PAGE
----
The Red Dean was an air-to-air missile developed by the United Kingdom in the 1950s but cancelled before development was complete. It was a large radar-guided missile using doppler-pulse technology for use against enemy bombers.
The Red Dean project was split off from the Red Hawk missile project in 1951 as a 700 lb missile to be developed by Folland. Following problems with increasing size and weight as the design progressed, not to mention cost overruns and problems with the seeking head, Folland felt unable to continue the work and the Ministry of Supply passed it to Vickers in 1953.
The Vickers version of Red Dean was no more fortunate. It continued to suffer from numerous development problems, not the least of which was that ongoing issues with the active radar seeker (for which the designers GEC were pilloried on numerous grounds) caused a size and weight spiral. This in turn detracted grossly from the flight performance, which was dismal for such a large missile. Poor seeker performance in turn demanded a large warhead, which exacerbated the weight problems, while design limitations inherent in the light alloy structure made it unsuitable for use on highly supersonic interceptors.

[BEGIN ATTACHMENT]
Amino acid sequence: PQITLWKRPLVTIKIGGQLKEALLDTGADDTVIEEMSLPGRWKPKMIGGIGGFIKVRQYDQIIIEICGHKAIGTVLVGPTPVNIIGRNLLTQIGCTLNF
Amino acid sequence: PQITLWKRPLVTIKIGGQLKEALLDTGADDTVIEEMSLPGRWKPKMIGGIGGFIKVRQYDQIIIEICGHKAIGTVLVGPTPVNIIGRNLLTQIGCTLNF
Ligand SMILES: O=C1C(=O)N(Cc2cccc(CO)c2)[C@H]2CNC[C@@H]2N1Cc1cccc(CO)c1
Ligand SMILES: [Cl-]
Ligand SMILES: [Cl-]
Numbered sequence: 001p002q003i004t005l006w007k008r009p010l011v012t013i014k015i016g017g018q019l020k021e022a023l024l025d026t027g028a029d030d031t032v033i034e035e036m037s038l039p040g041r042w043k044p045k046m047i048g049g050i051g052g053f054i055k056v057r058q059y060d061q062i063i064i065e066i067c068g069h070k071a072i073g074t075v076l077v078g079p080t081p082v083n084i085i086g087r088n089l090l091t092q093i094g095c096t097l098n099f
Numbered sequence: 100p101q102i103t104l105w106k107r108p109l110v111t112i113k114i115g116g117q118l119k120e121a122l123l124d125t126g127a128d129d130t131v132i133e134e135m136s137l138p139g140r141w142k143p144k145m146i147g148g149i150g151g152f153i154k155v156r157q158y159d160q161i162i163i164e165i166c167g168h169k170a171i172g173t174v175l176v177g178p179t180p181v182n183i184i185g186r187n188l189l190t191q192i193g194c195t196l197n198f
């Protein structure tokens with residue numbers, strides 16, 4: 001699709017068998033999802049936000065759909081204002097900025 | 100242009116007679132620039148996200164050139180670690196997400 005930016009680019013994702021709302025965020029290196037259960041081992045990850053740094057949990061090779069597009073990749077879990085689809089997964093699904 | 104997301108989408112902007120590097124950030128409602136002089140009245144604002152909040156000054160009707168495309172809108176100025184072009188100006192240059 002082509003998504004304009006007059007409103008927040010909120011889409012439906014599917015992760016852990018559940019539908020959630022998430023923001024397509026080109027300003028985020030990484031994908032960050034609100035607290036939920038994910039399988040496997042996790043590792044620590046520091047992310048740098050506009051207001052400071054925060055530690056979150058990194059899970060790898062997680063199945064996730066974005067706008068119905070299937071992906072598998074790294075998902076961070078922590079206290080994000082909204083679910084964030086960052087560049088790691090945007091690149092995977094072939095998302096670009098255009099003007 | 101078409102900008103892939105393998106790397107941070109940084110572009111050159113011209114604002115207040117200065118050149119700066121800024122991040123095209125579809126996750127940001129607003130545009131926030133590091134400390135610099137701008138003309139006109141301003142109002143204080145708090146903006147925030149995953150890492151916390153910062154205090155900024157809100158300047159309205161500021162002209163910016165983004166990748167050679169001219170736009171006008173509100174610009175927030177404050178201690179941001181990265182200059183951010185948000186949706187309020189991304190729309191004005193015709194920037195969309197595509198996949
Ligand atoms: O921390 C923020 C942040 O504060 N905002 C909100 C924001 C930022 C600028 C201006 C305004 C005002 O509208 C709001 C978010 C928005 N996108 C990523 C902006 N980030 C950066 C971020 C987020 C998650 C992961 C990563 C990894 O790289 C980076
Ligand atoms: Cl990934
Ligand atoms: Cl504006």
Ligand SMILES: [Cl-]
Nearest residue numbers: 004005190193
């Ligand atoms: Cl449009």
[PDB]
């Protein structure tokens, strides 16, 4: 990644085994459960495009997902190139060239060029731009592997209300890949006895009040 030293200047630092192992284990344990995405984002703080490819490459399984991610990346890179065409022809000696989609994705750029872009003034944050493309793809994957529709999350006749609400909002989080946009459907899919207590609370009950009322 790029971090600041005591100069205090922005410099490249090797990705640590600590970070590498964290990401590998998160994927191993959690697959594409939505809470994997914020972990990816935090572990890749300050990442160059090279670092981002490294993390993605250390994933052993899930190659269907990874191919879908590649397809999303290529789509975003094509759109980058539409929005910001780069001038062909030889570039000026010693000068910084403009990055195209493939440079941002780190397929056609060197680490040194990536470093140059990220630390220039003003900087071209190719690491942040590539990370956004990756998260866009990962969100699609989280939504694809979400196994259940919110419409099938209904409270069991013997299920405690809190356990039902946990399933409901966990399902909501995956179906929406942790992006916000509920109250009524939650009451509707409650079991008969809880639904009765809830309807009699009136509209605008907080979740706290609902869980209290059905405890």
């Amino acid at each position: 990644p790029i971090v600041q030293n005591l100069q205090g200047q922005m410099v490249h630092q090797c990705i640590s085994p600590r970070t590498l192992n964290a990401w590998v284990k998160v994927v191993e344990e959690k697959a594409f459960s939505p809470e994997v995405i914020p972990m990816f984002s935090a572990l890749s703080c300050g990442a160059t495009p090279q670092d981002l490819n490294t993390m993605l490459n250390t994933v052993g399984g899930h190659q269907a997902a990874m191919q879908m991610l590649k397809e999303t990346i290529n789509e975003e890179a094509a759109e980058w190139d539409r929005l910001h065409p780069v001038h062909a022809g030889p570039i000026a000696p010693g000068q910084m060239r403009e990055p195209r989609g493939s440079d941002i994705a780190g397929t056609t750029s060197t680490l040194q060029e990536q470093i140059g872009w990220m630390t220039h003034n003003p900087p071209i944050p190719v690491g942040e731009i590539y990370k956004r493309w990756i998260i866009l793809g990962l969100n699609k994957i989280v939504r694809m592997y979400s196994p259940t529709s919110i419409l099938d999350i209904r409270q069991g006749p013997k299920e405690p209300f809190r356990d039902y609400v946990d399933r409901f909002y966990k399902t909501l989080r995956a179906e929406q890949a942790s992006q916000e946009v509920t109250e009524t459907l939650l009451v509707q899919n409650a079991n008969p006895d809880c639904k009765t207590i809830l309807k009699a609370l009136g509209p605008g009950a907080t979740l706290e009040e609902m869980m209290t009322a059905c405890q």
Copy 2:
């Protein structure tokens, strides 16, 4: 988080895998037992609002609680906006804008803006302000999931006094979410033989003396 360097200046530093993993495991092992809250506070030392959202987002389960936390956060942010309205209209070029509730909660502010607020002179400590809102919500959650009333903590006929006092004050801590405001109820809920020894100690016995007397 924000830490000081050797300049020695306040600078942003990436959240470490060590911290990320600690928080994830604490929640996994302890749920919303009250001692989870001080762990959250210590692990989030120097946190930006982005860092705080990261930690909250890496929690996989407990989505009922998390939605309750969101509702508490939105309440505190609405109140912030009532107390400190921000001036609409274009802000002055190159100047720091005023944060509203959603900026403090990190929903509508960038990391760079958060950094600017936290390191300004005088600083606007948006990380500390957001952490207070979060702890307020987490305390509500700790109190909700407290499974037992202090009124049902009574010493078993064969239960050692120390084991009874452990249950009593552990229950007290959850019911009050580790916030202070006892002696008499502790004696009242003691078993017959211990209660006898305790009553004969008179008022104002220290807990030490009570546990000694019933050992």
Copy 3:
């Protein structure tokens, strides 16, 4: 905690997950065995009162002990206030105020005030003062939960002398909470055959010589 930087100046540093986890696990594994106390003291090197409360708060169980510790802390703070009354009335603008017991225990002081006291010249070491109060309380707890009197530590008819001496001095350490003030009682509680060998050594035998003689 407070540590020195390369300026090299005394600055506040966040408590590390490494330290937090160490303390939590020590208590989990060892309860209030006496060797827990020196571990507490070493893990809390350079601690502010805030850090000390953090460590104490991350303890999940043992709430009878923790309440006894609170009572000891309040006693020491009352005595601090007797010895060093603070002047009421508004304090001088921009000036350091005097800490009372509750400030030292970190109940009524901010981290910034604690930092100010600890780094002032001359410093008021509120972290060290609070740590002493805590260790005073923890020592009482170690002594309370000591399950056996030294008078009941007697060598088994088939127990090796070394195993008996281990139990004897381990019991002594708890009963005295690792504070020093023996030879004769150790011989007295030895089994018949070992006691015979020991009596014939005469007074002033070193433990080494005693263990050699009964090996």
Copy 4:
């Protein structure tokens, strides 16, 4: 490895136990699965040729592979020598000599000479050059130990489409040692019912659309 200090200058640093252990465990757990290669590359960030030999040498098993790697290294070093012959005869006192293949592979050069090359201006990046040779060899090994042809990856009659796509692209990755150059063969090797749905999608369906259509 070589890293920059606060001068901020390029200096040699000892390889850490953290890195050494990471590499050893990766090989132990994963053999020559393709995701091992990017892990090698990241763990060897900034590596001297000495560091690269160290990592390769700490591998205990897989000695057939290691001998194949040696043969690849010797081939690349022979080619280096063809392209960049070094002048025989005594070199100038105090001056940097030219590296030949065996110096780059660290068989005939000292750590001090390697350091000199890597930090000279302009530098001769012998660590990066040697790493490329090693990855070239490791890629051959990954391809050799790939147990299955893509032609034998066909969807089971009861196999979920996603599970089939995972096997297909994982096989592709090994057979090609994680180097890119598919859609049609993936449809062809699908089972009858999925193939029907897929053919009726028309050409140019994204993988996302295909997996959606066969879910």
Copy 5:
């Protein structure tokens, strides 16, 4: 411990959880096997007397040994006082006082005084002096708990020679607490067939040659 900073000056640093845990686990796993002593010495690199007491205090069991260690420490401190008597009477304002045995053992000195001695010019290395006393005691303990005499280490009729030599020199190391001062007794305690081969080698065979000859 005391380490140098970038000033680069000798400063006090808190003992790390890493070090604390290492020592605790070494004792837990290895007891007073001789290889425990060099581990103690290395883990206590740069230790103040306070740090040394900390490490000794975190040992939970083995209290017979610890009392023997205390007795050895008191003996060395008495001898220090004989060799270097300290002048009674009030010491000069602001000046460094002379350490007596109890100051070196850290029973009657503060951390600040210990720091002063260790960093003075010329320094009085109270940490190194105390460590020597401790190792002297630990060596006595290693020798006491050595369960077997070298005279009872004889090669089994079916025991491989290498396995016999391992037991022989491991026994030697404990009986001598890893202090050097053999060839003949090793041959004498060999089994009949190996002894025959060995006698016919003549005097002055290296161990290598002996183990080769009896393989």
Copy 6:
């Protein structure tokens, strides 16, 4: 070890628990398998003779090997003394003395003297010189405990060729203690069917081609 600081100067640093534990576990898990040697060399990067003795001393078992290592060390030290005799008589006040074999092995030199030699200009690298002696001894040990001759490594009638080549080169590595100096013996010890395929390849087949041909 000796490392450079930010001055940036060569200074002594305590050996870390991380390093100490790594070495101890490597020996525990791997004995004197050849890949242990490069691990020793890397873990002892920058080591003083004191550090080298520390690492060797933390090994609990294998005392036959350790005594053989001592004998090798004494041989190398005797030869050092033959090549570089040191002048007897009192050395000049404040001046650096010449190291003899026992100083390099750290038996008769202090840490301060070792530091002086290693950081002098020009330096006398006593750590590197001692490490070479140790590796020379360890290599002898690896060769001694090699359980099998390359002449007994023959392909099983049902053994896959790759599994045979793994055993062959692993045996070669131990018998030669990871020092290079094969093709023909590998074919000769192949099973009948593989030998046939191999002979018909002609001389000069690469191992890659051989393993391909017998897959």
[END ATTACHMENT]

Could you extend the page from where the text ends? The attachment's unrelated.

The "thin wing" Gloster Javelin development was cancelled in 1956 and Red Dean went with it, despite a major redesign and abandonment of the requirement for autonomous active homing. The limitations on supersonic carriage still remained, and the planned new generation of Mach 2.5 interceptors would need something better.
An example of Red Dean is held at the Royal Air Force Museum, Cosford.